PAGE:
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Area: India -Western Satraps
Ruler: Viradaman
Reigned: 234-239 A.D.
Denomination: AR Drachm
Obverse: Bust right.
Reverse: Brahamic script around "3 peaks".
Weight: 2.1 gms
Diameter: 13.9 mm
Comment: Also known as Shakas (originally Scythians?) Script on reverse goes something like: "King, great-satrap, master (name of father),King, great-satrap, master, Viradaman"


In the north west of India, there ruled two dynasties of Satrapas (Sakas or Scythians) with considerable independence under Pahlava (Parthian) suzerains. These are commonly referred to as Western Satraps due to their reign in the western region of India and Malwa. The shorter lived of the two dynasties was the family Kshaharata of which only the rulers Abhiraka, Bhumaka and Nahapana are known, and only through their coinage. Nahapan was probably the last ruler of the Kshaharata dynasty. His territory included Gujarat to Ujjain and Nasik. But soon, he lost his territory to Satavahanas due to the conflict with the kingdoms of the northern Deccan and the Ganges valley.

In 130 AD, Rudradaman I, son of Jayadaman established a line of ten rulers of the Castana family. With the declining Kushan power, he strengthened his reign and took the title Mahakshatrapa, but soon had trouble from the Satavahanas. The conflict was resolved by the giving of Rudradaman's daughter to the Satavahana king. However, that did not stop Rudradaman from waging a war against the Satavahanas, who he managed to defeat twice.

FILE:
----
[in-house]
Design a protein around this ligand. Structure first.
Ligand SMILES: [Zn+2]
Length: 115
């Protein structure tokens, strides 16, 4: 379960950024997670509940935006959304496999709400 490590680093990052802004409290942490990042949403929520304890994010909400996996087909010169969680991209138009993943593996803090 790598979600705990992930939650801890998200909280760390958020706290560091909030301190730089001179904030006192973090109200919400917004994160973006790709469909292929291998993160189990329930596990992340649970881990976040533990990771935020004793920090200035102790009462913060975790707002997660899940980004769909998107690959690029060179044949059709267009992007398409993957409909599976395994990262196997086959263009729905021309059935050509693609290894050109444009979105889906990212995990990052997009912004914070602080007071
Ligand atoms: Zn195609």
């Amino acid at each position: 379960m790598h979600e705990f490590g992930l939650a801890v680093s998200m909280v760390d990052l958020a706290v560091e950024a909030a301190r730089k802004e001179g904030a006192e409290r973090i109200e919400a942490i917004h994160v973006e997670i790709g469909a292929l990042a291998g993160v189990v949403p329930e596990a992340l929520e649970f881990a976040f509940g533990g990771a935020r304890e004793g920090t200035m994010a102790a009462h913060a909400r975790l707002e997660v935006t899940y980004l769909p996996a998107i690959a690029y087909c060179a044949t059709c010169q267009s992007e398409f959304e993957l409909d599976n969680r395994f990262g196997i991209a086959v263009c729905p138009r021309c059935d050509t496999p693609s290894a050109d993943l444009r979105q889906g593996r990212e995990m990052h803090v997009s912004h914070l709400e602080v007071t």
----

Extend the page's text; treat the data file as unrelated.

After the death of Rudradaman, little is known. Damajadasari was the son and successor of Rudradaman I. However it was Rudrasimha I, the brother of Rudradaman that ascended the throne instead of his son, Jivadaman. Rudrasena I, the son of Rudrasimha I was the next Satrap. He was followed by many insignificant satraps. Rudrasimha III, was killed by Chandragupta II (Vikramadhitya) while sacking the Saka capital in 388 AD, ushering in the Gupta period. The dynasty seems to have ended with the death of Visvasena, the son of Bhartridaman.

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